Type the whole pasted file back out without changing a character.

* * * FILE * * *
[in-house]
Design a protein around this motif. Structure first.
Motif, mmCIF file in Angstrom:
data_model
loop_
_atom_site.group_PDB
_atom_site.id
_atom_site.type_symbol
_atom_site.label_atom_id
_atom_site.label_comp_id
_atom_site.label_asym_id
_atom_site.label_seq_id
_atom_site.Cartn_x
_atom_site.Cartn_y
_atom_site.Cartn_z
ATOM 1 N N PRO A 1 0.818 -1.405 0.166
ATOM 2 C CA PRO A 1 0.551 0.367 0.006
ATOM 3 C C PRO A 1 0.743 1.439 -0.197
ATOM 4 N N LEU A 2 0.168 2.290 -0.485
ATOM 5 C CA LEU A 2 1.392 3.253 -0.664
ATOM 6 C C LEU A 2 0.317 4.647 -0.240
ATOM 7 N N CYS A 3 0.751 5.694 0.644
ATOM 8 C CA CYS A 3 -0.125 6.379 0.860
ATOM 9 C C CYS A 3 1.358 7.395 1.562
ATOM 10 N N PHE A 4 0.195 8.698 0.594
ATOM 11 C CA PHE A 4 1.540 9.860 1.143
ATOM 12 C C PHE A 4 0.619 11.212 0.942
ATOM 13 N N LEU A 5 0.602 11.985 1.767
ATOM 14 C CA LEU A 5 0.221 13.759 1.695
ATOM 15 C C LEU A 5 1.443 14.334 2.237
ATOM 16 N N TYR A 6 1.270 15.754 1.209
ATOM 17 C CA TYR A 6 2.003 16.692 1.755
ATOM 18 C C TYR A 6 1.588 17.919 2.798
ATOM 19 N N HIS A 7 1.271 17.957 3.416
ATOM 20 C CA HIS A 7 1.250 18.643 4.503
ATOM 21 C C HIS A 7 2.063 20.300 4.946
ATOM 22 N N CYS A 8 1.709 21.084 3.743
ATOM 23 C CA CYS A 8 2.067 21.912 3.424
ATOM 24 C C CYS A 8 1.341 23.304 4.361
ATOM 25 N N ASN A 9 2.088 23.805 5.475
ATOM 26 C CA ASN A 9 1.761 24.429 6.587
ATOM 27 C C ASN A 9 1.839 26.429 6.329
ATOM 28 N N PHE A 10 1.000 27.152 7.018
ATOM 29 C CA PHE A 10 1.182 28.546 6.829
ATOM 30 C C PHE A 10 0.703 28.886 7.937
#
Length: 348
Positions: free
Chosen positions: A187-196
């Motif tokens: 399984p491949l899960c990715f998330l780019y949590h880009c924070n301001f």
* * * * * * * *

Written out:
[in-house]
Design a protein around this motif. Structure first.
Motif, mmCIF file in Angstrom:
data_model
loop_
_atom_site.group_PDB
_atom_site.id
_atom_site.type_symbol
_atom_site.label_atom_id
_atom_site.label_comp_id
_atom_site.label_asym_id
_atom_site.label_seq_id
_atom_site.Cartn_x
_atom_site.Cartn_y
_atom_site.Cartn_z
ATOM 1 N N PRO A 1 0.818 -1.405 0.166
ATOM 2 C CA PRO A 1 0.551 0.367 0.006
ATOM 3 C C PRO A 1 0.743 1.439 -0.197
ATOM 4 N N LEU A 2 0.168 2.290 -0.485
ATOM 5 C CA LEU A 2 1.392 3.253 -0.664
ATOM 6 C C LEU A 2 0.317 4.647 -0.240
ATOM 7 N N CYS A 3 0.751 5.694 0.644
ATOM 8 C CA CYS A 3 -0.125 6.379 0.860
ATOM 9 C C CYS A 3 1.358 7.395 1.562
ATOM 10 N N PHE A 4 0.195 8.698 0.594
ATOM 11 C CA PHE A 4 1.540 9.860 1.143
ATOM 12 C C PHE A 4 0.619 11.212 0.942
ATOM 13 N N LEU A 5 0.602 11.985 1.767
ATOM 14 C CA LEU A 5 0.221 13.759 1.695
ATOM 15 C C LEU A 5 1.443 14.334 2.237
ATOM 16 N N TYR A 6 1.270 15.754 1.209
ATOM 17 C CA TYR A 6 2.003 16.692 1.755
ATOM 18 C C TYR A 6 1.588 17.919 2.798
ATOM 19 N N HIS A 7 1.271 17.957 3.416
ATOM 20 C CA HIS A 7 1.250 18.643 4.503
ATOM 21 C C HIS A 7 2.063 20.300 4.946
ATOM 22 N N CYS A 8 1.709 21.084 3.743
ATOM 23 C CA CYS A 8 2.067 21.912 3.424
ATOM 24 C C CYS A 8 1.341 23.304 4.361
ATOM 25 N N ASN A 9 2.088 23.805 5.475
ATOM 26 C CA ASN A 9 1.761 24.429 6.587
ATOM 27 C C ASN A 9 1.839 26.429 6.329
ATOM 28 N N PHE A 10 1.000 27.152 7.018
ATOM 29 C CA PHE A 10 1.182 28.546 6.829
ATOM 30 C C PHE A 10 0.703 28.886 7.937
#
Length: 348
Positions: free
Chosen positions: A187-196
């Motif tokens: 399984p491949l899960c990715f998330l780019y949590h880009c924070n301001f």